Moss for breakfast? That’s Iceland!

Icelandic breakfast Herbalife

Have you ever wondered what a typical Icelandic breakfast looks like? What’s the first thing sleepy Icelanders think about when they walk into their kitchens early in the morning? Let’s have a look at breakfast habits in Iceland.

*This is a sponsored post that we worked on with Herbalife – but as always the views in it are 100% our own.

We won’t beat around the bush – we simply love to eat. For us, one of the most enjoyable ways to experience a certain place is through its food.

Before we came to Iceland we wondered how Icelanders start their day. What do they think about when they walk around their kitchens, still half-asleep. What do they take out of their fridges and cupboards during the gloomy mornings?

As you probably know, culinary traditions in Iceland can be quite surprising. Boiled sheeps head (svið), smelly Christmas fish – skate (skata), blood sausage with rice pudding, cinnamon and sugar (slátur), and so on. Fortunately, the breakfast menu seems to be more merciful to those who don’t like such extravagant food experiments. So don’t worry. Icelandic breakfasts are far from controversial although you can still find some intriguing components.

Because of the harsh climate, an Icelandic breakfast should be fairly calorific and very nutritious. It’s been that way since the old days. In Iceland, it’s unusual to run out of the house with just a couple of sips of coffee and a croissant. After all, breakfast is the most important meal of the day.

Before we move on to Icelandic breakfast dishes, we’ll tell you which morning habit surprised us the most. Although we did say there wasn’t going to be anything controversial or unusual here – there is an exception. Some Icelanders say that if you wake up with an upset stomach, you should have a bite of fermented shark (hákarl).

It turns out that for Icelanders hákarl is not only a fantastic snack that perfectly matches brennivín, Icelandic cumin vodka. They say that hákarl is the only thing which can cure an upset stomach fast. Fortunately, we haven’t had any stomach problems in Iceland. But we have tried the shark and to be honest, it’s one of the most disgusting things we’ve ever eaten!

Let’s get back to more pleasant topics – typical Icelandic breakfast ingredients.

Icelandic breakfast

Icelandic breakfast oatmeal

Icelandic breakfast

Oatmeal land

Oatmeal has been eaten on the island for a very long time. Many Icelanders just can’t imagine a day without a bowl of healthy oatmeal (hafragrautur). Maybe as a child, you were forced to eat oatmeal and now you can’t even look at it. If you still flinch at the thought of having this for breakfast, we can assure you that Icelandic oatmeal is very tasty.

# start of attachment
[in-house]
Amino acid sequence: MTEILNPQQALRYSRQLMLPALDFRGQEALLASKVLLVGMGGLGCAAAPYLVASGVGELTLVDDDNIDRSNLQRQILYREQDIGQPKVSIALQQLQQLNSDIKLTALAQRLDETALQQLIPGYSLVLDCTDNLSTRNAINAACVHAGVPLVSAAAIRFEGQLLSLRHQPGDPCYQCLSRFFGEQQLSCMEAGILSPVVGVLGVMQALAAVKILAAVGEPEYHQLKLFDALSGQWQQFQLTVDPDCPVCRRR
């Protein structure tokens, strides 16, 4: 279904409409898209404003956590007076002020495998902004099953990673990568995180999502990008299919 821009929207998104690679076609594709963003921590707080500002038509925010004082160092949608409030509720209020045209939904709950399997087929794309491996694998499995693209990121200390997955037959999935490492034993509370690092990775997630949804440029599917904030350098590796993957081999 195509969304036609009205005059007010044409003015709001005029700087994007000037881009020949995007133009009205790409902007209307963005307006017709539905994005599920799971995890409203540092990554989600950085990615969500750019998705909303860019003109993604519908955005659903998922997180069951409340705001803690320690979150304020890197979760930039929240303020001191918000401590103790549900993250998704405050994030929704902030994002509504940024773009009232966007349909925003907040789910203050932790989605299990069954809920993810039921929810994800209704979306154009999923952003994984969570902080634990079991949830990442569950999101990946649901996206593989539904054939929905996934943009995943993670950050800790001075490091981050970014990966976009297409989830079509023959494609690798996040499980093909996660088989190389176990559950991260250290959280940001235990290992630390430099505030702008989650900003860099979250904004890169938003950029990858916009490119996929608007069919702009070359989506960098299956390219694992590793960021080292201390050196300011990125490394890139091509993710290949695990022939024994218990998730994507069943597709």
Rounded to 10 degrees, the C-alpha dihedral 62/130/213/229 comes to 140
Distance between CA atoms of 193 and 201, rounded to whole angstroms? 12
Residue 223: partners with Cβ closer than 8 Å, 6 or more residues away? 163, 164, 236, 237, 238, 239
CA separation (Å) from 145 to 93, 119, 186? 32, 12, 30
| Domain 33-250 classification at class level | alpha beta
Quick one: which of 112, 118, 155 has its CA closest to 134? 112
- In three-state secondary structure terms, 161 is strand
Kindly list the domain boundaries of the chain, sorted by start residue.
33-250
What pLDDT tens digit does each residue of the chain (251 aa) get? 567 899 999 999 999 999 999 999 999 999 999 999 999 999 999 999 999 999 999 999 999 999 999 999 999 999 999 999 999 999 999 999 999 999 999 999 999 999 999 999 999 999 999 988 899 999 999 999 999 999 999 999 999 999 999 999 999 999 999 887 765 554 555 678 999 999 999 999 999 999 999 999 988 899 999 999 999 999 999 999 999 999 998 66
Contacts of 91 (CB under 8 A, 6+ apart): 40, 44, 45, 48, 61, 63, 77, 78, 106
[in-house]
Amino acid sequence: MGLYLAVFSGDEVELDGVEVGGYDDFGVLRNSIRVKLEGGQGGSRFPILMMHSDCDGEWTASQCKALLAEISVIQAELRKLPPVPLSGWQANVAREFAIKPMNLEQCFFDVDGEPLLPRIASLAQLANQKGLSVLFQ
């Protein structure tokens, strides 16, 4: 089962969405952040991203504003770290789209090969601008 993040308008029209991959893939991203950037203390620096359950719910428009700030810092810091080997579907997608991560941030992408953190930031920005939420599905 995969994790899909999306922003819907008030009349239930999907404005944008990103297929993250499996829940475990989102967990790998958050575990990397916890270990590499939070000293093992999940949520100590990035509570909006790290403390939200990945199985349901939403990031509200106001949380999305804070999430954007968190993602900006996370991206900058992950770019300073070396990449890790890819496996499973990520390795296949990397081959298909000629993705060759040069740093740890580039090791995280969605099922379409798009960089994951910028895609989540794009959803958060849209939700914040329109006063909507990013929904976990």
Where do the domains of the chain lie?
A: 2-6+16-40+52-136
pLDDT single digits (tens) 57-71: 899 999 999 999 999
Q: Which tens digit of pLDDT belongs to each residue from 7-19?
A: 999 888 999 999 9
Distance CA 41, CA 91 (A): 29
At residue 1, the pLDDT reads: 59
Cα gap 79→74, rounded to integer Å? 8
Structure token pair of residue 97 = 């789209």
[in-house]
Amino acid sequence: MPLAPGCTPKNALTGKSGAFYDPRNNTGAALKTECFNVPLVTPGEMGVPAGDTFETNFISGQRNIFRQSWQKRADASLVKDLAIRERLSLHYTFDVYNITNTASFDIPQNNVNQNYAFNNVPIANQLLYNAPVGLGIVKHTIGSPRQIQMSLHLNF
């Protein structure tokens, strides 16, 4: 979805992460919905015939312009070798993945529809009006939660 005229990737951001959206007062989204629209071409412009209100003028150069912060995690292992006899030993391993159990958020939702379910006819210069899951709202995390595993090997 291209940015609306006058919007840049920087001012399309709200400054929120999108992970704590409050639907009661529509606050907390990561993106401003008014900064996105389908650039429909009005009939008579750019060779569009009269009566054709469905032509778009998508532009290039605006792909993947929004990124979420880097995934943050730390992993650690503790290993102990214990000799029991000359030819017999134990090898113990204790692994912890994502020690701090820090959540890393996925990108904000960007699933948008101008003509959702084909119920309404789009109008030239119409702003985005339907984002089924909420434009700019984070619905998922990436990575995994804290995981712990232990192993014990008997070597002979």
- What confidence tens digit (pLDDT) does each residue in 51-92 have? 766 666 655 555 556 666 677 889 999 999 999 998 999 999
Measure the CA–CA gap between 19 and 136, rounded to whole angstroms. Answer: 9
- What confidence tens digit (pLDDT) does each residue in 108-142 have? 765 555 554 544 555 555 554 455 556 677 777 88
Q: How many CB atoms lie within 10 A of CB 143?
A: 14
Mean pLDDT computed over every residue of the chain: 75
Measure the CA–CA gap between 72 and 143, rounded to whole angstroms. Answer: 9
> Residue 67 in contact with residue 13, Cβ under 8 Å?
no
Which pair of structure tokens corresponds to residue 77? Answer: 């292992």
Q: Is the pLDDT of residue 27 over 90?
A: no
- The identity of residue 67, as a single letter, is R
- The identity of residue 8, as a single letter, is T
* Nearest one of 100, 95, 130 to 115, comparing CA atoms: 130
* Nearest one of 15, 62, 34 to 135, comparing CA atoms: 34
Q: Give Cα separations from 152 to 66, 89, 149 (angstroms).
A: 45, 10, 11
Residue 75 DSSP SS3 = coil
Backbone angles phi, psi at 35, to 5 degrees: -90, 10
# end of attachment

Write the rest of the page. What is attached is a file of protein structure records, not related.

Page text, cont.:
The idea of preparing hafragrautur has changed much through centuries. The most important change has happened in the last ten years when many people started to add new ingredients to their healthy morning bowls.

You have to agree that in the past oatmeal was quite boring and not so tasty. It was just a mix of oatmeal with water and a bit of milk. Now it is eaten with fruits, nuts, chocolate and different kinds of syrup.

A long time ago such treats were not commonly available on the island. Years ago even if people had had them to hand, they wouldn’t have had such a wild idea to add pieces of chocolate to hafragrautur. The culinary tradition evolved slowly in Iceland so the delicious flavours associated with oatmeal came about much later.

We love oatmeal with different fresh fruits. One of our favourites in the winter is hafragrautur with pieces of mango, pomegranate and arctic angelica syrup.

Icelandic breakfast skyr


Icelanders can’t imagine their morning without skyr. Skyr is a traditional Icelandic dairy product similar to thick yoghurt. In Iceland, people have enjoyed eating skyr for more than a thousand years. Nowadays it hasn’t lost its popularity.

No wonder the whole nation loves it. Skyr is considered to be the healthiest dairy product available on the island and is really tasty and filling. It is also a great source of proteins and carbohydrates. What’s more, it contains only 0.5% fat. There are many flavours. If you want to have it with some fruits, it’s best to choose a natural flavour. Icelanders usually add a bit of milk, some fruits or a big spoon of their favourite marmalade.